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Tuesday, 24 June 2008

Checking my Attitude - M. Laycock

Like many who are on this list, I attended Write! Canada recently. As many have already said, it was a good conference. There were a lot of teachers there willing and able to share their expertise with new and growing writers. There were editors and publishers willing to listen to pitches and just chat, even through their lunch and dinner hours. I heard good comments about workshops and inspiring plenary sessions. The venue was beautiful and the food fantastic. The organizers had done their work well, with much attention to detail.

But there was one thing I found disturbing.

As at most writers’ conferences, the faculty were to do interviews in 15 minute slots. They posted signup sheets and eager writers swarmed into the gym to reserve time with editors, publishers and advanced writers. They were held back by the moderator, who told them that to be fair, no-one could sign up until a specific time. That's when I noticed things went a little awry.

People began jockeying for position, some even shoving and elbowing and insisting on being first. When the 'okay' was finally given it was like the proverbial feeding frenzy. I confess, as people surged to the wall my pugnacious Irish nature began to rear its ugly head. I had to back away. I had intended to sign up for an interview with an editor, but I knew if I waded into the fray my elbows would go up too.

Later, as I was moderating the interviews, calling "Time" when the 15 minutes were up, I witnessed a few more incidents that were disturbing. Some of the faculty had trouble arriving on time, so people were waiting, and the time slots got pushed further and further off schedule. Some people got bumped altogether. And some were not happy about it. One young woman hovered over the shoulder of an editor and even interrupted him to say that it was "My turn now," even though she knew the person being interviewed had only been there for a few moments.

I understand the eagerness - or should I say desperation? – that drives us to try and put our work in front of those who are in a position to take it to the next level. I understand it all too well. But perhaps there should have been a large banner across the top of the signup sheets, "Honour one another above yourselves.” (Romans 12:10b)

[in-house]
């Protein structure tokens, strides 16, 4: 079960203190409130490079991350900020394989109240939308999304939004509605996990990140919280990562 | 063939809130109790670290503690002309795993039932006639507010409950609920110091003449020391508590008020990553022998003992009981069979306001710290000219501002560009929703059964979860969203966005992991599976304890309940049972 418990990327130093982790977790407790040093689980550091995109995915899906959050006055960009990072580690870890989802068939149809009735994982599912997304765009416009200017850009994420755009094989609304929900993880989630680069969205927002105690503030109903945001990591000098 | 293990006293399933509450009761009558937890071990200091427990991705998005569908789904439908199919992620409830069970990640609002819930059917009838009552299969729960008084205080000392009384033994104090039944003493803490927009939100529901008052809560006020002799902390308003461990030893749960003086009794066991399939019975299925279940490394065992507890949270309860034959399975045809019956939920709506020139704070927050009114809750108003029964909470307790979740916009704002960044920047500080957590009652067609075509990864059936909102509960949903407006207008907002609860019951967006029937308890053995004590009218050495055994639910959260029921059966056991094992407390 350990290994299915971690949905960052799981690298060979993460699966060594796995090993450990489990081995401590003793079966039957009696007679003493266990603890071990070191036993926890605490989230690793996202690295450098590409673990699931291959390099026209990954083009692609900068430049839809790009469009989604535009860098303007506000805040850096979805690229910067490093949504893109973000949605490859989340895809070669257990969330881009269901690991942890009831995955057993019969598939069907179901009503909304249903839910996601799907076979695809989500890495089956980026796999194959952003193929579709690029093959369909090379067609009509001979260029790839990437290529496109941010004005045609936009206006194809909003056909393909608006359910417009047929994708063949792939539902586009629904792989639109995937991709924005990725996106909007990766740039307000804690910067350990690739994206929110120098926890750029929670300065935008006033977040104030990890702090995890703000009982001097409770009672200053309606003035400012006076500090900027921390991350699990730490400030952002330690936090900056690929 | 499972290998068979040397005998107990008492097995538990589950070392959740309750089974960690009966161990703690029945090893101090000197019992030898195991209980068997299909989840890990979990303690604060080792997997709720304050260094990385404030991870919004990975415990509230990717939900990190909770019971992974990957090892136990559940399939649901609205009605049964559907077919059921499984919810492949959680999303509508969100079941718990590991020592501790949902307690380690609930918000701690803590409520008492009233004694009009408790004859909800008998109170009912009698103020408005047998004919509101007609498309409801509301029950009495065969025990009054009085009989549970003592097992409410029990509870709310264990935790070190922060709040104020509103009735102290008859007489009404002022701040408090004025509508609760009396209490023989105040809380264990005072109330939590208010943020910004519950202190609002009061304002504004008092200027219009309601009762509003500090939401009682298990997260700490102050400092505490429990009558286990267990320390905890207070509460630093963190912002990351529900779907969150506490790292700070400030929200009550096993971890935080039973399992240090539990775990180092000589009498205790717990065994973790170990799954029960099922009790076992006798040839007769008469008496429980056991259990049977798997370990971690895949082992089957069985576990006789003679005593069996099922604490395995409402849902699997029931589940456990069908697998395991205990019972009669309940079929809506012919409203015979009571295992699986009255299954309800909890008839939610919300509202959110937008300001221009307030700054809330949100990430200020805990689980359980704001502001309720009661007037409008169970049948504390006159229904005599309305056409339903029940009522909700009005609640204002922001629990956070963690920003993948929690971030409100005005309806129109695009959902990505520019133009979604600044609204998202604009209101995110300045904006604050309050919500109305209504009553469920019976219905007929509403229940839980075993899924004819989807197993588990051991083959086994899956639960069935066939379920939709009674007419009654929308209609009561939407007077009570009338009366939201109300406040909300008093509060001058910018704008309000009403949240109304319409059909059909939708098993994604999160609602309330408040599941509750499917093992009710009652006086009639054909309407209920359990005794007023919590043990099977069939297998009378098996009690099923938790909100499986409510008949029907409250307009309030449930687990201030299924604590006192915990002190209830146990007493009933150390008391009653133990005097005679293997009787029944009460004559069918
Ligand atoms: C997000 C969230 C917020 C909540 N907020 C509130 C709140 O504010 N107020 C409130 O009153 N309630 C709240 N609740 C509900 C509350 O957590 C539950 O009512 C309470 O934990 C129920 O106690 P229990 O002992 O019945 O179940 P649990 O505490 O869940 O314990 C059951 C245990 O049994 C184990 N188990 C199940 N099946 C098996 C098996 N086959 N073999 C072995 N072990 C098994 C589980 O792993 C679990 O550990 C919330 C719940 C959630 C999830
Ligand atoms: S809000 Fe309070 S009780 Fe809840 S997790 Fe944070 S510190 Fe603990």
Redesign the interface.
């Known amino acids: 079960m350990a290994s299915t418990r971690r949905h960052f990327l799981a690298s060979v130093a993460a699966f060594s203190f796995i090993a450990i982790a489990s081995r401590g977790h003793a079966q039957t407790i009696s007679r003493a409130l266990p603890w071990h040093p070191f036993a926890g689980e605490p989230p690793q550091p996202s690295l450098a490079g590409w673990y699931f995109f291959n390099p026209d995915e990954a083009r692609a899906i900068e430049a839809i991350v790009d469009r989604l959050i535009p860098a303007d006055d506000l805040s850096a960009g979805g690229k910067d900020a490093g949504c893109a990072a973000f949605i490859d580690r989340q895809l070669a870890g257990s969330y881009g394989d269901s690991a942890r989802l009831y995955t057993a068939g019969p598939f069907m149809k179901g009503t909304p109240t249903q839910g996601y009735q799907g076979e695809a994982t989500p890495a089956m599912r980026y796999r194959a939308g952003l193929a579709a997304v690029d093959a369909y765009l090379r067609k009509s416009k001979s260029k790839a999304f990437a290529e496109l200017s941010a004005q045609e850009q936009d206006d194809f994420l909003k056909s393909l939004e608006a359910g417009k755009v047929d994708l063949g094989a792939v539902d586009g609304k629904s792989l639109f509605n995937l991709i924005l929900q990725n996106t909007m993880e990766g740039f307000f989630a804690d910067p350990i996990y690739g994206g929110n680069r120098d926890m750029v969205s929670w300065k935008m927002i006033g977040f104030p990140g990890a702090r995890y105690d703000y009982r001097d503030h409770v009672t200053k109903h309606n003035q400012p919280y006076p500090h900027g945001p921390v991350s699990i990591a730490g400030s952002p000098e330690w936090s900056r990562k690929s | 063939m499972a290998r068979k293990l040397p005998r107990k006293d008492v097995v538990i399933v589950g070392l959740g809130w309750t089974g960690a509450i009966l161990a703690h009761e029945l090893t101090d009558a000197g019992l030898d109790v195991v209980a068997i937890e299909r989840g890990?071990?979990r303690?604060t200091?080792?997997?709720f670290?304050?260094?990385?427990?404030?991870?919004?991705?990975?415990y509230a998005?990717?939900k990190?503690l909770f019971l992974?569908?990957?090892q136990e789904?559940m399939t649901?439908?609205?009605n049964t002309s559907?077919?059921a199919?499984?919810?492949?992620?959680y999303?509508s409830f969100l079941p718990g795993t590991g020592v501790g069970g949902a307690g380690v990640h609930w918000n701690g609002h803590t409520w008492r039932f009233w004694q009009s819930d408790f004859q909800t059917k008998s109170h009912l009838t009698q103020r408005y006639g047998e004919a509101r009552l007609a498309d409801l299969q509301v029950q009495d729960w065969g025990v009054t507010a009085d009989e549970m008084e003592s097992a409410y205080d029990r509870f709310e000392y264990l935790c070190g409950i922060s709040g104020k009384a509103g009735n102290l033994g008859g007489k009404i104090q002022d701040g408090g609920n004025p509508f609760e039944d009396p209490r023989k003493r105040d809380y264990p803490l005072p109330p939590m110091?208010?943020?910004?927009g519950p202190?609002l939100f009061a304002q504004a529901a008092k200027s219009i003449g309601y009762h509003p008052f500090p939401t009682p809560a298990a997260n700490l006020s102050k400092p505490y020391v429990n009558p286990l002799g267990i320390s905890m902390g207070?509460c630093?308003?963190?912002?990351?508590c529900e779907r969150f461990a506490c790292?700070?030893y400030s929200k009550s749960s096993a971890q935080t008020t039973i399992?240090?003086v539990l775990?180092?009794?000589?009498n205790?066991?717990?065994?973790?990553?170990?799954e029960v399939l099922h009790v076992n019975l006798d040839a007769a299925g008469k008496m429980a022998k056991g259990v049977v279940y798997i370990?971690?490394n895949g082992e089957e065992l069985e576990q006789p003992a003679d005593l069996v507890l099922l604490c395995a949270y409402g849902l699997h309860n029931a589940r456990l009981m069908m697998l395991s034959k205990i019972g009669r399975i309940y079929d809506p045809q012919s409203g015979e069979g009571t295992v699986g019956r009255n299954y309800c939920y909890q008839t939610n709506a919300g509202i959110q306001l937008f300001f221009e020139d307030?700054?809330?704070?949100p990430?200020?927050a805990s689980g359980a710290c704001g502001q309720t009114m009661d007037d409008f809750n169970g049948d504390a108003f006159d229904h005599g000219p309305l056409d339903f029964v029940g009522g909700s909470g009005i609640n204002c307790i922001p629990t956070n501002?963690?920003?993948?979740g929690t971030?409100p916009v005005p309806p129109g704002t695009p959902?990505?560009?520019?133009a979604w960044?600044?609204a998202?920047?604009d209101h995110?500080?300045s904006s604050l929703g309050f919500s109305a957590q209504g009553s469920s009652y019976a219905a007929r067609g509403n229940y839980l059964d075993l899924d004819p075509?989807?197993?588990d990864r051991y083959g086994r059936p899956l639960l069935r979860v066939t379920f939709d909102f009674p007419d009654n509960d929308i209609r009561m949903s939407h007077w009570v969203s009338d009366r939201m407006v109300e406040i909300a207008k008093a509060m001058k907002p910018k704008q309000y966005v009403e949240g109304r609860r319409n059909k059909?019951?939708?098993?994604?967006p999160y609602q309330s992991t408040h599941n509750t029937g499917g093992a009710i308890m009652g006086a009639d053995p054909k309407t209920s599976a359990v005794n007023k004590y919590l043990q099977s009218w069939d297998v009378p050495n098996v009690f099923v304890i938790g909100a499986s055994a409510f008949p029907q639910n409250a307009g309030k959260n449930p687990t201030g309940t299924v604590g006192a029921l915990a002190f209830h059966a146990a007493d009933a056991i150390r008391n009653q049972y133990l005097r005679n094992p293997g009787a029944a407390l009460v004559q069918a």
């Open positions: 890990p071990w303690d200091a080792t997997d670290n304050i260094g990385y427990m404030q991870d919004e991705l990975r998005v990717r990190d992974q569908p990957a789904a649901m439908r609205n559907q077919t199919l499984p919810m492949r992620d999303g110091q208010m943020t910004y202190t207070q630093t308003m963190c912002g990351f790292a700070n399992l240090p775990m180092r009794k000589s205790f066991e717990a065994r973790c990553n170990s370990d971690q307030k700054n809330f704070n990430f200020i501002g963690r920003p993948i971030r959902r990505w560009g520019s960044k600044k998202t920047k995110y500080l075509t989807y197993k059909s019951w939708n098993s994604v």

The week after the conference I received a note from the woman who had coordinated the moderating of the interviews. She said she had appreciated my calm spirit. I appreciated her words, but I know where that spirit came from and it wasn’t me. Without the constant whispers of God’s spirit in my ear, I’d be giving in far too often to that Irish nature I mentioned. I have to recite that verse to myself many times, sometimes many times in one day!

In fact, I found myself getting a little ‘testy’ toward the end of the conference because I was not able to attend the sessions I’d planned to. My need to assert my “rights” kept whispering that it was unfair. It took several days before I could get around that voice, repent of the attitude and be thankful for the opportunity to attend a conference of such high calibre. As I prayed the Lord whispered, “what about the opportunity to serve?” Oh, yeah, there was that.

It’s not easy to go against our nature, which constantly hollers, “me first!” But it is one of the things the Bible urges us to work at. Preferring one another is just one of the admonitions.

Doing it requires a concerted effort to depend on God. It requires tuning out the voices that tell me to demand my “rights” and tuning in the voice that says I have been given much that I might serve others. As a writer I need to trust Him to arrange the interviews and contacts, trust His timing for my manuscripts, trust His plan for my life and for my work.

As a Christian I need to keep sharpening my understanding of the scriptures that teach these things, instead of sharpening my elbows.

Marcia Lee Laycock
Author of One Smooth Stone & Focused Reflections
www.vinemarc.com

1 comment:

Joanna Mallory said...

I want to thank all the planners, volunteer workers and faculty for investing so much in Write! Canada again this year. There sure were plenty of opportunities to serve. Marcia, thanks for the reminder to keep our attitudes in line with God's way. And I'm glad I'm not the only one who finds it can be hard work! I hope everyone came home from the conference having both learned something for themselves and encouraged someone else.